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Success Factors For Implementing Global Information Systems

Given the importance of these systems, it is surprising that the effectiveness with which they are exploited varies so much among the firms that pay for and use them [5]. Reasons include the diversity of legacy software components, technical and social issues, lack of management support (and champion), and insufficient involvement by users and management in project definition and planning [10]. Approaches proposed for addressing these problems include software evaluation procedures, software design tools (such as XML and CASE), and communicating with software specialists, managers, and users during implementation [4].

Whereas the implementation of an enterprise resource planning system is generally regarded as difficult, the implementation of a system to support multinational company networks (global IS, or GIS) is an even greater challenge. A GIS must interface with intrafirm and interfirm software in several ways:

  • Providing an IT backbone in all countries in which the firm and its supply chain partners do business;
  • Ensuring the exchange of highly structured information worldwide, even as local customization is allowed in each country;
  • Managing a vast amount of information, including border procedures, duties, tariffs, and exchange rates; and
  • Providing optimization techniques that facilitate the global logistics network.

The complexity of implementing a GIS increases with the cultural differences in the countries involved, especially when the project manager is unfamiliar with the global context and factors that must be considered during implementation [9]. Further complications arise due to languages, business and legal environments, technology and vendor support, national infrastructure, local market size, data export controls, and the availability of local IT expertise [8]. Simple projects carried out domestically, according to [7], can turn into a nightmare if carried out globally. My aim here is to identify the factors that are most important to the success of implementing a GIS.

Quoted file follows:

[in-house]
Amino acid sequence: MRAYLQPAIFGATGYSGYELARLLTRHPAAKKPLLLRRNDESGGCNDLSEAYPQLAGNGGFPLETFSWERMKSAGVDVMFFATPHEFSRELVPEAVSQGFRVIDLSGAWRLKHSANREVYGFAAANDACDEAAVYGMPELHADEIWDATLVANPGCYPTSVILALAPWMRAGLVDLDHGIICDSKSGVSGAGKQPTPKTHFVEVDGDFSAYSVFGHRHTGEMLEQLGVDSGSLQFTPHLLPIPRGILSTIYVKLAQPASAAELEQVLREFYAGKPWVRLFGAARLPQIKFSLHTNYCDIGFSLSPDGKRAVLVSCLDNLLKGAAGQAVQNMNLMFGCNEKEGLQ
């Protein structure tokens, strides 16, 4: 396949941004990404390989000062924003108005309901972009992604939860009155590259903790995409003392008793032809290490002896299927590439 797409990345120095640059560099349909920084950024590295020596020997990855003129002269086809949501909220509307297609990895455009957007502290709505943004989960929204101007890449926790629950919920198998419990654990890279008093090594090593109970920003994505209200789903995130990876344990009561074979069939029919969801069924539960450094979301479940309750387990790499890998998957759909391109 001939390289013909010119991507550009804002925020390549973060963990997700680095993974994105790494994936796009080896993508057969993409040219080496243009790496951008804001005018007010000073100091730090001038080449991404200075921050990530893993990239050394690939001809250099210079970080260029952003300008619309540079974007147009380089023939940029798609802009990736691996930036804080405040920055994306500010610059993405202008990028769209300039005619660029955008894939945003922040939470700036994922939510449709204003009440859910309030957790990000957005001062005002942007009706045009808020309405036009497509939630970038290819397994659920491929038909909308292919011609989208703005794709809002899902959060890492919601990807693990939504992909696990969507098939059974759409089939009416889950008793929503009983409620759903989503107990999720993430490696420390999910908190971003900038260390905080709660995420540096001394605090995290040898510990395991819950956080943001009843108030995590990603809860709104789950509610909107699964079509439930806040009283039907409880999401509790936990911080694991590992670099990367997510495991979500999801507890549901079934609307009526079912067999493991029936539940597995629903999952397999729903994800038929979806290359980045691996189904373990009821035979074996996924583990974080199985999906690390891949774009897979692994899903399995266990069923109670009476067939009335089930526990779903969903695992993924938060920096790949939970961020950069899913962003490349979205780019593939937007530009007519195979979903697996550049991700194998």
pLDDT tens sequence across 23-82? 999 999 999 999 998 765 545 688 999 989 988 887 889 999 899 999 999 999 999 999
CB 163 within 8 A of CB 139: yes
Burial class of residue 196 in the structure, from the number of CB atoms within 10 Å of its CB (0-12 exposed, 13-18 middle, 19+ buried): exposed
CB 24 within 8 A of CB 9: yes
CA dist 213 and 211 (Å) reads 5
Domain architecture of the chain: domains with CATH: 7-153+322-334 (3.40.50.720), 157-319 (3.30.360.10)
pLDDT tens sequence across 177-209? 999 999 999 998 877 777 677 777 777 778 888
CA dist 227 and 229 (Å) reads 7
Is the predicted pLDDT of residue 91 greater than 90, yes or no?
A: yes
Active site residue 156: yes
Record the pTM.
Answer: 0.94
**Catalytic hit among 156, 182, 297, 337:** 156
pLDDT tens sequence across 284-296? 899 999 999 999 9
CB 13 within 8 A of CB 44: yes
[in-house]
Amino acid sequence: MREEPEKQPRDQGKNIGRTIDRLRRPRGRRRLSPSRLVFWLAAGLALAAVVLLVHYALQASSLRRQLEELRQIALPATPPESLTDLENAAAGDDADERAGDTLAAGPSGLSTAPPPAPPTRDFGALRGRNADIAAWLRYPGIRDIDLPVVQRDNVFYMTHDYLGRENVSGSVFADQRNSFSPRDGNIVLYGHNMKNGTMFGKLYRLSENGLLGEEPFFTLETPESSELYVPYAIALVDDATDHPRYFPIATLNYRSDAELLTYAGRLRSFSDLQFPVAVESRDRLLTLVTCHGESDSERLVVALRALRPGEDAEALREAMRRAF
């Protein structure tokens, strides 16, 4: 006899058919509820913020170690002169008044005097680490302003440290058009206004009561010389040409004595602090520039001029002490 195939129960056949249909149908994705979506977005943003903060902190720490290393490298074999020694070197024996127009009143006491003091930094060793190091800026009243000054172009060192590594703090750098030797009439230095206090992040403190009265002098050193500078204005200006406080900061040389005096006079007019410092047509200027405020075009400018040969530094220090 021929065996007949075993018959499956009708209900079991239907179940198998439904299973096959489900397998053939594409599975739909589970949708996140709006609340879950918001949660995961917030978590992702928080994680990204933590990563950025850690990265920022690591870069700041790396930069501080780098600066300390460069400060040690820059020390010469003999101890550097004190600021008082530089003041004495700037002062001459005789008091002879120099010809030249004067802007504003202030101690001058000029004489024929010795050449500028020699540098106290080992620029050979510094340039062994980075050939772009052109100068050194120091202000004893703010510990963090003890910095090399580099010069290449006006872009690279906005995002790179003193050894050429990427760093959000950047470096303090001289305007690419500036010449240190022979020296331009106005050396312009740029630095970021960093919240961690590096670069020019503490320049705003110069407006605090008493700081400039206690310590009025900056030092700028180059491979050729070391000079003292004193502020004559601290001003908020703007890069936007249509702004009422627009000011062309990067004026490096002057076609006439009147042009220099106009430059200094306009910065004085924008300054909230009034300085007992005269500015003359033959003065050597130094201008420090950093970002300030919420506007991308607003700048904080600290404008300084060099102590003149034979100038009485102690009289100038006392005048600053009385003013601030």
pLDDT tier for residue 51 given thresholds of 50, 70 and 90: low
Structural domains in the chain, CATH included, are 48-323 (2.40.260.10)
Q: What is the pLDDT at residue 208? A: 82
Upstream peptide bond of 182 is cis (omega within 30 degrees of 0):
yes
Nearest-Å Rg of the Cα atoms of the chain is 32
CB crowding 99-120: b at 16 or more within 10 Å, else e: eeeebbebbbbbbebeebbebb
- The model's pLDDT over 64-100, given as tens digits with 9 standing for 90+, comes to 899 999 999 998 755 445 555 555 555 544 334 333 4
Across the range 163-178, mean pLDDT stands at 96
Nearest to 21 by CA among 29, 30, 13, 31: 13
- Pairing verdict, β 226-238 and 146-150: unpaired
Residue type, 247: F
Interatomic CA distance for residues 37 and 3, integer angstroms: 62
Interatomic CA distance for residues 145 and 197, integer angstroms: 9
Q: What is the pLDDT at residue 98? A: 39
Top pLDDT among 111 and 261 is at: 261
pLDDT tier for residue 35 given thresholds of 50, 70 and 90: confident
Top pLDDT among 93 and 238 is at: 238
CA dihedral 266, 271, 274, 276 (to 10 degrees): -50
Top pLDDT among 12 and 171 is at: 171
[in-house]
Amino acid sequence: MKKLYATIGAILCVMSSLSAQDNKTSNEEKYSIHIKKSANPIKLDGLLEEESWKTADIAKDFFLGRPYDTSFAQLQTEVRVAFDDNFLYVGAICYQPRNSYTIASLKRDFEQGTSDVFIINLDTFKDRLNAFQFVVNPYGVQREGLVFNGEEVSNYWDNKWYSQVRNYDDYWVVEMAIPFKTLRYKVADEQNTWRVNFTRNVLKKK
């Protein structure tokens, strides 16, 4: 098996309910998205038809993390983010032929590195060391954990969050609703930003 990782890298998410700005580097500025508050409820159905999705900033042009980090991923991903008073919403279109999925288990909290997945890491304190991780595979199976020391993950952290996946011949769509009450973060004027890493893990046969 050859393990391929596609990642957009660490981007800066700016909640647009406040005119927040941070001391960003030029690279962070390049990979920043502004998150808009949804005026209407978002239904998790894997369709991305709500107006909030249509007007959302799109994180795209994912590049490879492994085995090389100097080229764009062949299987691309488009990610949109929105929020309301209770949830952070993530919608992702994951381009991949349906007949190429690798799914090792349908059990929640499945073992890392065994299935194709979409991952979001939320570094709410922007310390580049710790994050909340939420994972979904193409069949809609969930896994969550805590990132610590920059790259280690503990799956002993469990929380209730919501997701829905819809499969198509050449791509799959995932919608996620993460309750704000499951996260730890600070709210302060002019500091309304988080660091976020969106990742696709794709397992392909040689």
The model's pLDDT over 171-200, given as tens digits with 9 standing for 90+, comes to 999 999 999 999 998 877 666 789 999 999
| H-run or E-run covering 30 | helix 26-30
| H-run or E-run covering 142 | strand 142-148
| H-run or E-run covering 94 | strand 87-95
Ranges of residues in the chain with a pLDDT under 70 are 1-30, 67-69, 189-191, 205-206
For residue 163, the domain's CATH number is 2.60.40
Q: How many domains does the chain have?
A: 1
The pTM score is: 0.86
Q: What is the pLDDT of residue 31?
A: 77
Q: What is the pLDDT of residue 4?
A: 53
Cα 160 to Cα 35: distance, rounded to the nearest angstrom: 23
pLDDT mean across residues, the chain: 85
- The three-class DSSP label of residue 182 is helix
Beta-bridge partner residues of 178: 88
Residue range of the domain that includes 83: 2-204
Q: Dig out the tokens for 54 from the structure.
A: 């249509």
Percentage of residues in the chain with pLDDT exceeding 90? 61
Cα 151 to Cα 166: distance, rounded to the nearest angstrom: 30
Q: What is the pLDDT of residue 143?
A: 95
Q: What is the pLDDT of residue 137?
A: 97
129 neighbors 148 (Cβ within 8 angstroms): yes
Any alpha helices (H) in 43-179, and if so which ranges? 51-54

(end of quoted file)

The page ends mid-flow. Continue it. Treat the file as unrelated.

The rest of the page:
No significant difference existed between successful and unsuccessful projects in terms of vendor selection methods or the management level at which final approval for the project was given.

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Top Factors

While academic research in the 1990s explored frameworks for undertaking research in international IS no studies directly addressed the success factors for implementing a GIS. Research on the implementation of other large-scale systems, however, may help identify possible GIS success factors (see Table 1). Top management support is the one most commonly cited when implementing complex systems, followed by capable and well-understood business processes, the use of a cross-functional team, and maintaining cross-functional cooperation and communication. Other significant factors are clear project goals and the management of affected employees. Note that employee management also relates to the training of managers and a system's future users.

Given the differences between implementing a local and a global IS, are these factors also important to the success of a GIS implementation? Other potentially important factors may exist, even though they are not discussed in the literature. For example, the complexity and difficulty of organizing supply networks would suggest a need for well-organized and well-understood processes. On the other hand, due to the international scope of the projects, the financial backing, capability of the IT staff, and ease of cross-functional and cross-cultural communication might be of special importance. That is, while the literature review outlined in the table indicates possible success factors, it is likely not exhaustive or necessarily relevant.

In order to begin to address these questions, my colleagues and I conducted a study in 2002–2003 on success factors for global IT implementations in 16 major IS implementation projects in eight multinational firms in Toronto, Canada. Each firm had sales exceeding U.S.$10 million in 2001, ensuring that firm size and financial resources would not be confounding factors. Eight projects had been successful, according to their managers' own estimates, the eight unsuccessful. Eight exhibited a global scope, and the other other eight covered the introduction of local IS. The structure of this sample, which is similar to that of a designed experiment, allowed me to identify the factors that influence the success vs. failure of global vs. domestic IS projects.

We used a pretested and consequently revised structured questionnaire to conduct the case research. The questions allowed project managers to self-identify the factors they found important to the success or failure of their projects and use an open-question format to explain the projects' background, planning, implementation process, and outcomes. All 16 projects had been completed (or aborted) by the time of the interviews, thus providing valuable hindsight.

I analyzed the data by contrasting the responses about successful projects with those about unsuccessful projects and international with domestic projects (pattern matching). Moreover, I contrasted the frequency of the presence or absence of factors as a rough indicator of their importance. Lastly, I coded the qualitative results and validated them through a nonparametric correlation analysis of the quantified factors.